Sunday, January 18, 2009

Triumph of the Readers

While visiting a friend on Saturday afternoon, I was shown an article from last Friday's (January 16, 2009) Wall Street Journal, "The Triumph of the Readers : The markets may be down, but fiction is on the rise" / By Ann Patchett, (on line:
the author of seven books, including her novel most recent novel, Run ( Harper Perennil, 2008)

Patchett gives us the good news, children and adults are reading more fiction. She remembers reading some books as child or student just because they were forbidden. It was a secret pleasure to read
Valley of the Dolls. Only after reading it did she find out that it was not recommended because it was badly written not because it was "dirty.". Patchett and others say that reading even poorly written books is better that not reading at all. If someone reads a bad book today, some time in the future they may read excellent literature. If they don't read today, they won't read tomorrow.

One of the hardest assignments students get in high school or even in college is to read a book for the fun of it. When students come to the library and ask for help with this assignment, I know they never thought of reading for pleasure. I try to ask what they are interested in. Sometimes they say a book with lots of pictures because they just don't want to read. Sometimes I get them to say an activity such as sports. Eventually I hand them a book almost as an assignment from me, and they say, "ok" or "thanks." I sometimes hear back after they read the book. Almost all liked the books I handed them. They still need encouragement to believe that reading can be recreational. In my mind, I hope they will come back and choose another book for recreational reading without my help. Recreational reading and reading for academic research both help the reader understand the world. I do assume that the majority of the library patrons who want a book for recreational reading don't even both to ask.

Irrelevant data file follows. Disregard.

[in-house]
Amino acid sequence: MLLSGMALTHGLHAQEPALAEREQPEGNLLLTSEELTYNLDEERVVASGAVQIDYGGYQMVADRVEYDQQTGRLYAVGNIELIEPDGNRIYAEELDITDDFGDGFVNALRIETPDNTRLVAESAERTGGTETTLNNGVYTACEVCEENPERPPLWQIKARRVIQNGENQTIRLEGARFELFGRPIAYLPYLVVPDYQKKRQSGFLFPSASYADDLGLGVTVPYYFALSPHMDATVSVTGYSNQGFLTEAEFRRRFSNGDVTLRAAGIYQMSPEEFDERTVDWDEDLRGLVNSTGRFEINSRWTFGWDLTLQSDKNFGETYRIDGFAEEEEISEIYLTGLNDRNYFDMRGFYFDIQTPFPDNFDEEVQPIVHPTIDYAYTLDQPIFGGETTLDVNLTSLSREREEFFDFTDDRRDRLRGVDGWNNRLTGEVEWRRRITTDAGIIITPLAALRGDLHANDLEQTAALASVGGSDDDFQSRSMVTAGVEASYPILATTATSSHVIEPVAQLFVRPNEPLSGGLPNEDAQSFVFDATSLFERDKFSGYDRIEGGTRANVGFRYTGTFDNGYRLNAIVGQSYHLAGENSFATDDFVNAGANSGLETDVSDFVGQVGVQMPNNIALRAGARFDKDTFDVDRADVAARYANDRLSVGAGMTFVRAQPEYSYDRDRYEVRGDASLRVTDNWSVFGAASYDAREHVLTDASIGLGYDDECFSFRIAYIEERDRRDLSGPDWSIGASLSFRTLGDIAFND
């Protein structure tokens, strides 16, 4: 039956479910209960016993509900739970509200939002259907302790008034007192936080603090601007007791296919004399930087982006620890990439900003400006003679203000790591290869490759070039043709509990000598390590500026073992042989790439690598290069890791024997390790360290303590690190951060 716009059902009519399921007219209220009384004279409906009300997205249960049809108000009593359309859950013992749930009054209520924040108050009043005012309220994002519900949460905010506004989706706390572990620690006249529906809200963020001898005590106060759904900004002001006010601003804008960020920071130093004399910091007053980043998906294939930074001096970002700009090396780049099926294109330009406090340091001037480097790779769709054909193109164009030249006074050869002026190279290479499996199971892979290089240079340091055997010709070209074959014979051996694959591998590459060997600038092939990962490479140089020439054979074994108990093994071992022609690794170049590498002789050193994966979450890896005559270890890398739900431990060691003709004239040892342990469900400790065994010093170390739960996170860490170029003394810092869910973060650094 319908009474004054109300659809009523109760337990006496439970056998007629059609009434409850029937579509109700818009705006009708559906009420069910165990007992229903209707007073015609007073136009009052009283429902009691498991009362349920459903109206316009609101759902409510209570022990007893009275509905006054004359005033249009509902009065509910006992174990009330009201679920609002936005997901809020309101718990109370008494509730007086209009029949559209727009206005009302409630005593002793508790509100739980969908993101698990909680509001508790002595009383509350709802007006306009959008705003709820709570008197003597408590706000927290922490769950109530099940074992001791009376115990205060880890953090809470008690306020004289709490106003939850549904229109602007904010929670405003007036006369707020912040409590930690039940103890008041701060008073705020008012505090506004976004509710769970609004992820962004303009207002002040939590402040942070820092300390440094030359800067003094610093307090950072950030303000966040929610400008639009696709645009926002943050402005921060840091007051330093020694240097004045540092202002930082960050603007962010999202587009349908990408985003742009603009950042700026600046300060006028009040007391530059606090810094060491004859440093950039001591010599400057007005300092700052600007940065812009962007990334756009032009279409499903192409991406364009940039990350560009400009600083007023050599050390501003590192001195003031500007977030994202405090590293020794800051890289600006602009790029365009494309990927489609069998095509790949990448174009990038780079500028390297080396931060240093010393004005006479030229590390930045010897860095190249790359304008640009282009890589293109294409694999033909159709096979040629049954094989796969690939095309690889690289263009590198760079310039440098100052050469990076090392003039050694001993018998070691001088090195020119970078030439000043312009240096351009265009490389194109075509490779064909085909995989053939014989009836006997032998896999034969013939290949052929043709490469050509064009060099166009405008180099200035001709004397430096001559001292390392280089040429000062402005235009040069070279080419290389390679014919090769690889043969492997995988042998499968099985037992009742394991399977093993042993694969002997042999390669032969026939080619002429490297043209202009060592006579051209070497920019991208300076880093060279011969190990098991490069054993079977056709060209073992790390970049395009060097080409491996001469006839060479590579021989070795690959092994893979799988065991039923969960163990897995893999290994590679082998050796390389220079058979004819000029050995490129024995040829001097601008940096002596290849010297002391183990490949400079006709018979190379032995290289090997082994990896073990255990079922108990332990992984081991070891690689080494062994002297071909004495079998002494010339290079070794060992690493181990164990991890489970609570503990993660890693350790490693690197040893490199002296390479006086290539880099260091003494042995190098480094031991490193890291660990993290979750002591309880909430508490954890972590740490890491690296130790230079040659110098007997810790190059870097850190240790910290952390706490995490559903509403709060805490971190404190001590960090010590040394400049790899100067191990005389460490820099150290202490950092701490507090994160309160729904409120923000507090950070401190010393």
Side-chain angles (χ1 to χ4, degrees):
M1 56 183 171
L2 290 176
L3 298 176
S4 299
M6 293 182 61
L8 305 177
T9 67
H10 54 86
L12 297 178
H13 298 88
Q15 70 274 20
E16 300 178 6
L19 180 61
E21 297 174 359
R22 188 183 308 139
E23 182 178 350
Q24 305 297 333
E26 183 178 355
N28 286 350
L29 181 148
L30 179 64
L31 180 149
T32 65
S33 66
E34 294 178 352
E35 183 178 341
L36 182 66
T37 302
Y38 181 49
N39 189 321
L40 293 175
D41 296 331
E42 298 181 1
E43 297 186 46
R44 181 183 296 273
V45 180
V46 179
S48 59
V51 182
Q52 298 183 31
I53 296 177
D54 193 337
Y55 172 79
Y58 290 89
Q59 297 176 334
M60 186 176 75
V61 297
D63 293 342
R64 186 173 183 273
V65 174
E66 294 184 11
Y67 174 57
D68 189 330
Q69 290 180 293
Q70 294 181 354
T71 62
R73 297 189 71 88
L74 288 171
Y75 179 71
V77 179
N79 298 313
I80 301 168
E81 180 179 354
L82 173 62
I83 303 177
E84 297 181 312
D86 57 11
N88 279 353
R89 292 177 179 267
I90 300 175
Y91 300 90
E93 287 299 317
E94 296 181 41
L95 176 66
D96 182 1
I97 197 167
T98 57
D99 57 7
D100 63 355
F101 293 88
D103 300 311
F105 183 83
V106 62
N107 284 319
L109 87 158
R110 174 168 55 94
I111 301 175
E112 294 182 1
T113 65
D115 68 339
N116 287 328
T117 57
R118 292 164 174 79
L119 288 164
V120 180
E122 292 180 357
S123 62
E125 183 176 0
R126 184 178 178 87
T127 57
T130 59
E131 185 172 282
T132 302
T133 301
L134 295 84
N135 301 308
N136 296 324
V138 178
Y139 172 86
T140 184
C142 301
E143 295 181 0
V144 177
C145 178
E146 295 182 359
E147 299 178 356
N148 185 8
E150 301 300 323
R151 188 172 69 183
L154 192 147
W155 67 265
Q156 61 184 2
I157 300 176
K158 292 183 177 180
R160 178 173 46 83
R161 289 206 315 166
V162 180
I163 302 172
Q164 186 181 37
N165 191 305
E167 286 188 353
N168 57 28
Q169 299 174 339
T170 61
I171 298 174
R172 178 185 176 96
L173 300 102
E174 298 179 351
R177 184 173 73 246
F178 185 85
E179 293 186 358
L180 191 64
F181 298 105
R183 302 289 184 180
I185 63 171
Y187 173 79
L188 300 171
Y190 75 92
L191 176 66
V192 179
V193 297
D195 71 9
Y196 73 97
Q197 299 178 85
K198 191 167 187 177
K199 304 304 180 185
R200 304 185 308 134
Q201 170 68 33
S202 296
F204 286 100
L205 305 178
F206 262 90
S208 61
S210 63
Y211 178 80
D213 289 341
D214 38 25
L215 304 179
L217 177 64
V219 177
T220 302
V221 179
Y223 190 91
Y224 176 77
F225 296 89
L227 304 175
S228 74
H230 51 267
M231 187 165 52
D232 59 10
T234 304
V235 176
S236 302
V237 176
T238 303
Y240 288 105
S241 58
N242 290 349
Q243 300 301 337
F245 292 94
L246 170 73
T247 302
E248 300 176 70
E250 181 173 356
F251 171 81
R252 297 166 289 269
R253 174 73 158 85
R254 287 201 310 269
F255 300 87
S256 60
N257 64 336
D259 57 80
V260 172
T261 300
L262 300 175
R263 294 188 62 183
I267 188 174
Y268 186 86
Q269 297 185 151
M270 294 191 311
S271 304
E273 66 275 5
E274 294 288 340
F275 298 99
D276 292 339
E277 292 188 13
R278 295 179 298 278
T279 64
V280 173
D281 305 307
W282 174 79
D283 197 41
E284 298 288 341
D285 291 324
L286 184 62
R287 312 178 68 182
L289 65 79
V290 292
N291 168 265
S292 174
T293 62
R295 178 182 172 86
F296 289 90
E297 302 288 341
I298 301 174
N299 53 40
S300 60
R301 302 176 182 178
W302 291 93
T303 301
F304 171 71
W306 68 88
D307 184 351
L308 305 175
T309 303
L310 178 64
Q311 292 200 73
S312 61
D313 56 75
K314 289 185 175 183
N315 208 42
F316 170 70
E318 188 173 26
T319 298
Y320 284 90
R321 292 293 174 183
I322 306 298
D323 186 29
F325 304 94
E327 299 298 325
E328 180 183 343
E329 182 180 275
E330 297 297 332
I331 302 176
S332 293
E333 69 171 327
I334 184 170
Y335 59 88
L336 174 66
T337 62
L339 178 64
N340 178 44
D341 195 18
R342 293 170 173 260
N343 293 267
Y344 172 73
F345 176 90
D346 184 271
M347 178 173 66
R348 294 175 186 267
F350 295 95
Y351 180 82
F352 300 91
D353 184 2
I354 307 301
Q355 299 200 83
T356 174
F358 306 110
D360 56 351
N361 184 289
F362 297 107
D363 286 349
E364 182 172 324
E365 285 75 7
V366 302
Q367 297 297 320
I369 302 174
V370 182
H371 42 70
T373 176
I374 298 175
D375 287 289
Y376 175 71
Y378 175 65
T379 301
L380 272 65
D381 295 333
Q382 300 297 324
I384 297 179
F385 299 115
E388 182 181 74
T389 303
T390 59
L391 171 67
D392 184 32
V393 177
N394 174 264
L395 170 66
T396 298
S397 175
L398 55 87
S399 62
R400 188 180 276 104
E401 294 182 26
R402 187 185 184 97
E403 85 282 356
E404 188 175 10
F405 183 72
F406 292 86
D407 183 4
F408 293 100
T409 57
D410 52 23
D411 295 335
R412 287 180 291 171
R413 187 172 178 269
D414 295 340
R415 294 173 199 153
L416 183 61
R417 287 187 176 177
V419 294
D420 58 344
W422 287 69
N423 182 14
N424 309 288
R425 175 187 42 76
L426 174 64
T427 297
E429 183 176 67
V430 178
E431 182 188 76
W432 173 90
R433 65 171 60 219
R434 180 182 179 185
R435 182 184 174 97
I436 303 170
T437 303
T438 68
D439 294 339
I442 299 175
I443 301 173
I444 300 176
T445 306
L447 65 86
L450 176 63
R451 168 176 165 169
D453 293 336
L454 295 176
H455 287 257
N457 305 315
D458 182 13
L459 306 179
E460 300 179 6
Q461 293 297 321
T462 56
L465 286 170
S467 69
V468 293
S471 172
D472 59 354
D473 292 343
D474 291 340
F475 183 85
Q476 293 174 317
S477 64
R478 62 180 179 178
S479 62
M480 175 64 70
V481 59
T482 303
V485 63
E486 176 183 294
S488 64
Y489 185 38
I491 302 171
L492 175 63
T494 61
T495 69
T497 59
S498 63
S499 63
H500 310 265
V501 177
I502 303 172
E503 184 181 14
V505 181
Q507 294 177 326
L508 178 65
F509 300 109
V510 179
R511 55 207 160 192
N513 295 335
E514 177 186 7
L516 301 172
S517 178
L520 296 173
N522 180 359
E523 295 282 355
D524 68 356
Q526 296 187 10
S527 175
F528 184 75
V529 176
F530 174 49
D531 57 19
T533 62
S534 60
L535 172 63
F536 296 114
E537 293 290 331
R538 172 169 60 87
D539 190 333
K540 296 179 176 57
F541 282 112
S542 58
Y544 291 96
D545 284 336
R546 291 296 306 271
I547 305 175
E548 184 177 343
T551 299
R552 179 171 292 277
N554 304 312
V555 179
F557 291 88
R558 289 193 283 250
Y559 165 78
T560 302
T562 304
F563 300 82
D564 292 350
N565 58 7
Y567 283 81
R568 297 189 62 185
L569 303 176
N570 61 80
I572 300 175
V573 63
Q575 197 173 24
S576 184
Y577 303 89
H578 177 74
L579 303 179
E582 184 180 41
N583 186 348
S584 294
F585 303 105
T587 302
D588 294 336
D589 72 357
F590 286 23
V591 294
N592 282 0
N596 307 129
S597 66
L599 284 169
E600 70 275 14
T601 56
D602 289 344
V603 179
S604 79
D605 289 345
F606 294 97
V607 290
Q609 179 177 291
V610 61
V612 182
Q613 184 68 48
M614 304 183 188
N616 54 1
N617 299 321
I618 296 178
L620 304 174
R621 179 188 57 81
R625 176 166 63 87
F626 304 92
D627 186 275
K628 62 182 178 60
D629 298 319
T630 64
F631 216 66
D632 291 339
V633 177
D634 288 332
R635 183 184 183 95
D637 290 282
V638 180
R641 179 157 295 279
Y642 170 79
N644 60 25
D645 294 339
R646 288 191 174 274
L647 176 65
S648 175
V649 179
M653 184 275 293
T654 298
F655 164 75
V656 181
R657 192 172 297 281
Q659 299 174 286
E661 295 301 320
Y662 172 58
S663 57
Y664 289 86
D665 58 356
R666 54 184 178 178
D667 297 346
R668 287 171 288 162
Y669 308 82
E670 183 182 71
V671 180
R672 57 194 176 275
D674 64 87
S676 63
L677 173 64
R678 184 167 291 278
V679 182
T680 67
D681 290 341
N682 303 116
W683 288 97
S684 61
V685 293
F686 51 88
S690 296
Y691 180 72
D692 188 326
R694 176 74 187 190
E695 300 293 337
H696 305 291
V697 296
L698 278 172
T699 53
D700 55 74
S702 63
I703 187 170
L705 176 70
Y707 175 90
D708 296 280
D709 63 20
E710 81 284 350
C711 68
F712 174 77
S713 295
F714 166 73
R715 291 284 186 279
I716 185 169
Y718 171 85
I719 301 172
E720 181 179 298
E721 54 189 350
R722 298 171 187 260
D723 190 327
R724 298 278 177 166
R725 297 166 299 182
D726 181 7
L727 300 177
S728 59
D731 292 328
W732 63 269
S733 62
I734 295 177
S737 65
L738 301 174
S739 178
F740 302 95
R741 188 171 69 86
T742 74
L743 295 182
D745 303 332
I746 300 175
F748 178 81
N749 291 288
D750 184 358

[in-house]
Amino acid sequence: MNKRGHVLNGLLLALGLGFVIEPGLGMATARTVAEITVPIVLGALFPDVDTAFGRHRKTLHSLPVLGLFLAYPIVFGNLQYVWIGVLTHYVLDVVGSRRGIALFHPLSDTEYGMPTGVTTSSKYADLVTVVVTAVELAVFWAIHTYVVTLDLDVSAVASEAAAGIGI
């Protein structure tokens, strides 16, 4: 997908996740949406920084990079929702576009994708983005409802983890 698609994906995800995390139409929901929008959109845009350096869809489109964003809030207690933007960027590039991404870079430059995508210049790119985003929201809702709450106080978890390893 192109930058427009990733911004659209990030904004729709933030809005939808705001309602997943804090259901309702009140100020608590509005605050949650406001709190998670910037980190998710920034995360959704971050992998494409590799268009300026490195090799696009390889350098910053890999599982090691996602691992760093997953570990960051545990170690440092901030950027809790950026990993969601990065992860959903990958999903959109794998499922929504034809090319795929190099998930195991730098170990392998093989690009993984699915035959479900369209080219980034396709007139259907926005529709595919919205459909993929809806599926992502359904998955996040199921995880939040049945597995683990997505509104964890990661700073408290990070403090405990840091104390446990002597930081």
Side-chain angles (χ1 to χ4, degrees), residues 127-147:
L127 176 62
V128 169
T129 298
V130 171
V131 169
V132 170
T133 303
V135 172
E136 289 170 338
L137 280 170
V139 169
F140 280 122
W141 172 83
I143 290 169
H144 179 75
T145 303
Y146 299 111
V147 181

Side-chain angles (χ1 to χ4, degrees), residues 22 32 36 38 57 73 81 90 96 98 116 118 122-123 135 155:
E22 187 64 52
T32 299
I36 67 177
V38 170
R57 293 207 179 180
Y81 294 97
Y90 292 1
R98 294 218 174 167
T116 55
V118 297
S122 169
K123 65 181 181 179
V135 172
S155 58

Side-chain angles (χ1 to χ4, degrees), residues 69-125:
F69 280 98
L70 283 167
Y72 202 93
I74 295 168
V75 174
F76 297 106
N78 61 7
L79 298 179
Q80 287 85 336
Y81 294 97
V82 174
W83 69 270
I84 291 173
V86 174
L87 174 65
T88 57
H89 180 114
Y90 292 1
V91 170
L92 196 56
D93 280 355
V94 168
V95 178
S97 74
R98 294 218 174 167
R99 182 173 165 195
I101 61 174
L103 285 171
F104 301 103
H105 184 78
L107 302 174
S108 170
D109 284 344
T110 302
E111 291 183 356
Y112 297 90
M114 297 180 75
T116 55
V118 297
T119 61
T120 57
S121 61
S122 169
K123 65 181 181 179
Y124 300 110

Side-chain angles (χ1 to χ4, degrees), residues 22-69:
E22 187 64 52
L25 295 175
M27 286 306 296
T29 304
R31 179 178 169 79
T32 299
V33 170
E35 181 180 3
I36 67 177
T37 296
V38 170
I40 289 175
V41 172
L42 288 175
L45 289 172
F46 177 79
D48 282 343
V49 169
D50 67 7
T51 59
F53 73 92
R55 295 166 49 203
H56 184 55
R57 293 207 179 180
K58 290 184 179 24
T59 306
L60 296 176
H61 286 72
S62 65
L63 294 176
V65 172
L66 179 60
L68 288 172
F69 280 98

E-books and other electronic research tools are great for academic research. The library extends its reach with the communication tools at our disposal, but tools alone do not make us a nation of critical readers. Printed books replaced handwritten manuscripts because of the cost of production. Printed books allowed more people to enjoy reading. However, a few handwritten works are still produced. Paperbacks cost less than hardcover books, but they did not replace them. Paperbacks just allowed more people to be able to afford books. Electronic books and articles are less expensive to make and distribute than printed books. Print and electronic media will continue to exist because they address different needs.

One important benefit of reading is that it encourages writing. Well written books and articles teach only their content, but also how to communicate. Communication skills are among the most important skills to be able to get along with others.

[Sidebar -- In economics electronic media are "magic goods." That means they are neither consumable nor durable. The cost of the production does not change with the number produced and the inventory is always infinite. Insurance policies are another example of "magic goods."]

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